- September 08, 1960
- Not Active
Aguri Suzuki is a former racing driver from Japan who competed in various championships and after retiring was an owner of the Aguri team.
He was born on 8th of September 1960 in Tokyo and at the age of 12 began racing go-karts. Over the years Suzuki progressed through the national ranks eventually becoming Japanese kart champion in 1978 what opened him the door the Japanese Formula 3 in the following year. In parallel to his F3 duties, Aguri continued to race karts until 1981 when he won the national title for the second time.
The next Suzuki’s success was becoming the Japanese Formula 3 runner-up in 1983. A bit surprisingly, he left single-seaters to start a career in touring cars racing. As a member of the Nissan factory team, he became the national champion in 1986. The same year Suzuki also debuted in the Japanese Formula 2 and also had the first appearance in Le Mans 24 Hours.
During his career, Suzuki enrolled a total of eight appearances at Circuit de la Sarthe with the Nissan and Toyota teams, but seven of them ended with the retirements. In 1998, the only time when he was able to end the race, Aguri finished 3rd driving a Nissan R390 GT1 alongside Kazuyoshi Hoshino and Masahiko Kageyama.
If the things at Le Mans weren’t brilliant for Suzuki, he was among the best formula drivers in his country. In 1987, driving for the Footwork Sports Racing Team, he was the Japanese Formula 3000 runner-up after scoring two wins.
However, the following year was marked by Aguri’s domination. Driving a March-Yamaha he scored three wins and three 2nd places on the way to becoming the series champion, taking a crown from his old rival Kazuyoshi Hoshino. After this triumph, he was ready for the bigger stage.
After winning the Japanese F3000 title, Suzuki debuted in the Formula 1, at 1988 Japanese Grand Prix, driving for Larrousse and replacing Yannick Dalmas. Aguri finished 16th in the race at Suzuka Circuit what was a solid start for the Japanese driver.
In 1989 Suzuki signed with Zakspeed, small German team which was using Yamaha V8 engines. It was a horrible season for Aguri who failed to pre-qualify for any of 16 races that year what was a really unenviable record.
After a terrible year with Zakspeed, Suzuki in 1990 returned to Larrouse. The French side used Lola-Lamborghini cars but had a considerable success. Despite having too many retirements, Aguri was able to qualify for each of 16 races. He also picked points at Silverstone and Jerez before scoring his only podium finish by taking the 3rd place in 1990 Japanese Grand Prix, behind Benetton drivers Nelson Piquet and Roberto Moreno. With 6 points on his account, Suzuki finished 12th in the championship what was his biggest achievement.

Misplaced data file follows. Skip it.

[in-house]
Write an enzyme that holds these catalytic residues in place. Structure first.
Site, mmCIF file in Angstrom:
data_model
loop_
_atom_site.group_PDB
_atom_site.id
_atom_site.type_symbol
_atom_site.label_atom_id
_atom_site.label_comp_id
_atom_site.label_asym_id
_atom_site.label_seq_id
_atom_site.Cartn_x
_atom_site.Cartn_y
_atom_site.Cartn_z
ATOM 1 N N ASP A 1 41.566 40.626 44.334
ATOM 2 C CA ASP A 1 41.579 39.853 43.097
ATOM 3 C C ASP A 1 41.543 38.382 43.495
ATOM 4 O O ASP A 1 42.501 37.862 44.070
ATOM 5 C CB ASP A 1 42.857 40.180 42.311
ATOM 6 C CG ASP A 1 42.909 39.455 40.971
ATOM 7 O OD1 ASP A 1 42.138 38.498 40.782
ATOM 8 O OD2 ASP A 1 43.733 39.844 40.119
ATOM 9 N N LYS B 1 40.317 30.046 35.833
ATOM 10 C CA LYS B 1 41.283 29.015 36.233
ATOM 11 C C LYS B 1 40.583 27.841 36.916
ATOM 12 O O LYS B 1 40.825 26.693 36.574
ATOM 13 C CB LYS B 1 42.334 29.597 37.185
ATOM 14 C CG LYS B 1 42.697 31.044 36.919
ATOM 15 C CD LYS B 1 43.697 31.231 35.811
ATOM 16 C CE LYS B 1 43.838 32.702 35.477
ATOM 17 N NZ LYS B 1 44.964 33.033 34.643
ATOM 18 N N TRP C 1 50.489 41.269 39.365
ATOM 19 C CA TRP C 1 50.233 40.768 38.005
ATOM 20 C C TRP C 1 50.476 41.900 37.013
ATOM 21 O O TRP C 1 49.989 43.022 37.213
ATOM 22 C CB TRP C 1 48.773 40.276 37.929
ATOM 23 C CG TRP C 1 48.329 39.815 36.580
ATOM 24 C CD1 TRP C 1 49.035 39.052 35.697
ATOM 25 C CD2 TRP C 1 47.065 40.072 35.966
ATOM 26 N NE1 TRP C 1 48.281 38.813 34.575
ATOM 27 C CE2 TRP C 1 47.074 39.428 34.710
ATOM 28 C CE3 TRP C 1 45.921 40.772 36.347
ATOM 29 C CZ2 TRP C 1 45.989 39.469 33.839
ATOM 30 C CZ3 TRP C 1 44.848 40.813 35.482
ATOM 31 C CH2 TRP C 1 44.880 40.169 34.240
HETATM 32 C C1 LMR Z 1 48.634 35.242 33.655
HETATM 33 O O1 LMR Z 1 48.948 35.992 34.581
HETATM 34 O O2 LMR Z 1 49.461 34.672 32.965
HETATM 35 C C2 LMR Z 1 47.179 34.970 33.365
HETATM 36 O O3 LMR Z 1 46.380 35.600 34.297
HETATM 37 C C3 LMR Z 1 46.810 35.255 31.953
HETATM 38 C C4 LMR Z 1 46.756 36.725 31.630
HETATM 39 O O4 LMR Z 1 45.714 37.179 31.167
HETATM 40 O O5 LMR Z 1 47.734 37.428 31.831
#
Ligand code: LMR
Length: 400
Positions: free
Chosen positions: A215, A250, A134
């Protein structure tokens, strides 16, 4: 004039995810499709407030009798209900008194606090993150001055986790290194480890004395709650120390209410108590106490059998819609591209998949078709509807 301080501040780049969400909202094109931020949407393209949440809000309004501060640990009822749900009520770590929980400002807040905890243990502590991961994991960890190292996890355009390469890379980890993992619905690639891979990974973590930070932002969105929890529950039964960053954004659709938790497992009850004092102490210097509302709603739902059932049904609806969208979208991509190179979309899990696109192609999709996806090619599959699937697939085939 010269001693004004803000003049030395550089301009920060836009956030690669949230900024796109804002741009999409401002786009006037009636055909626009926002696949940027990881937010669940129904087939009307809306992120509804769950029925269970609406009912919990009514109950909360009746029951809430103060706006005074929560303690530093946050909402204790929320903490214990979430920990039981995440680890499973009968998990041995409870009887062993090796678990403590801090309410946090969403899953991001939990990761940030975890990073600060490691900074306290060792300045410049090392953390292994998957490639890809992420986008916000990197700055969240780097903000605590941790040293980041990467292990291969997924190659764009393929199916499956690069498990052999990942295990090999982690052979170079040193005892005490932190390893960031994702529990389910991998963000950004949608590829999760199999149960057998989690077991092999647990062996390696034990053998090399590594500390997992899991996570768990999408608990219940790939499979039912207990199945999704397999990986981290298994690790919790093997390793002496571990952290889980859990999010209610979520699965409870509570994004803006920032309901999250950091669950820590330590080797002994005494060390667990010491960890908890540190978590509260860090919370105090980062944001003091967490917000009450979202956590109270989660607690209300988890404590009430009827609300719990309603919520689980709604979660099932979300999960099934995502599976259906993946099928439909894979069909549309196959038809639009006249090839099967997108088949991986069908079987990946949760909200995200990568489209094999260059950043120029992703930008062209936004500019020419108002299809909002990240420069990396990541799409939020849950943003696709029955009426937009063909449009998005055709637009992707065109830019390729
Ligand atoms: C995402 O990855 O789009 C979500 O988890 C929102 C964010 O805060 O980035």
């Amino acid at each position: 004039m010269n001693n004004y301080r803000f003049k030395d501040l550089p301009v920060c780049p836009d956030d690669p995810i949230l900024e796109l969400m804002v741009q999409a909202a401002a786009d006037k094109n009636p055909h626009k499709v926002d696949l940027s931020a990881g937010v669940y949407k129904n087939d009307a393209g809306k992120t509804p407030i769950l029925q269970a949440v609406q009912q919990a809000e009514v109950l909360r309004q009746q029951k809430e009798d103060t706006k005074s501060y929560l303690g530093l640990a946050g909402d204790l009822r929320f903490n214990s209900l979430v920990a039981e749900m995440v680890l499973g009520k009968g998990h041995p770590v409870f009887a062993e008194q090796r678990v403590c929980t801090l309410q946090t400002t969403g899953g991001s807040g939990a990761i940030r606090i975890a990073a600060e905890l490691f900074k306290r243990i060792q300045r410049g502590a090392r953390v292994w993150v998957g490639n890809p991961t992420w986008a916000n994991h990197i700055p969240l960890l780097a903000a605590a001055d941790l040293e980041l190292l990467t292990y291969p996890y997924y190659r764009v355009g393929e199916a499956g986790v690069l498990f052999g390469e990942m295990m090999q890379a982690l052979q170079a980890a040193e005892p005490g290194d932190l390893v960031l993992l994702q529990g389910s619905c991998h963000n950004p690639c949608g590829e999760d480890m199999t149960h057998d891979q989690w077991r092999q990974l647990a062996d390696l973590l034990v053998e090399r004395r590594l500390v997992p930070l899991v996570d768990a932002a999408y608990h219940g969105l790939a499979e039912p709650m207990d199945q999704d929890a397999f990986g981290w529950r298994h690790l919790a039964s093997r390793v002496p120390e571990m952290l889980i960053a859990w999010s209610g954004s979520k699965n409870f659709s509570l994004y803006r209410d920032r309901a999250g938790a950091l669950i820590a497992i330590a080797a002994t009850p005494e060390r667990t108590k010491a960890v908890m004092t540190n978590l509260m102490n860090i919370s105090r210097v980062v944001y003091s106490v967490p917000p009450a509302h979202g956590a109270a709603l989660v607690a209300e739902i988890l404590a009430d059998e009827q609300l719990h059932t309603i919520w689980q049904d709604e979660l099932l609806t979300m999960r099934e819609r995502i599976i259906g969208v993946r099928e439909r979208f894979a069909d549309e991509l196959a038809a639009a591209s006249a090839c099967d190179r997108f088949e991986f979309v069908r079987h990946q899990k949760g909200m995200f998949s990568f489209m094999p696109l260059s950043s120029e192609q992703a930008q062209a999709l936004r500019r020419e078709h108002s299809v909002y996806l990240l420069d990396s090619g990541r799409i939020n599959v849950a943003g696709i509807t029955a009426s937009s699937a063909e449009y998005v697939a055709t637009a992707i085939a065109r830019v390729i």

Unfortunately, the following season wasn’t as good. However, the start of 1991 was good after Aguri scored one point after finishing 6th in the US Grand Prix but the rest of the year was awful. He failed to finish any of other 15 races and even failed to qualify in four occasions. At the end of the year, Suzuki left the team but stayed in Formula 1.
In 1992 and 1993 Suzuki was a pilot of Footwork-Honda. The team was unable to prepare a competitive car and Aguri both seasons finished empty-handed. The first year with the team was better after he was able to finish most of the races but the second campaign again was one to forget after Aguri retired from 11 out of 16 races.
He missed most of the 1994 season, having only one start with Jordan at the Pacific Grand Prix, but again retired from the race. Suzuki returned to action in 1995 sharing the seat of Ligier with Martin Brundle. At the German Grand Prix Suzuki scored his last point by finishing 6th. At the end of the year, he crashed heavily in qualifying for the Japanese GP and injured his neck and decided to retire from the sport.
After putting his helmet off, he launched his own scheme to promote young Japanese drivers. In 2000, with a backing of Autobacs, Suzuki formed his own squad which won the Super GT title in 2002. The team later expanded to DTM and IRL but without too much success.
In 2006, Aguri was head of the Super Aguri F1 Team which was backed by Honda. In its first year, the team failed to score a single point, but in the following year, Takuma Sato won four points to move up the team from the bottom of the Constructors’ championship. After completing four rounds of 2008 season, the team retired from the championship due to financial troubles.
Suzuki had another try with his team, this time in the FIA Formula E Championship from 2014 to 2016 when the Chinese Media Capital took over the team.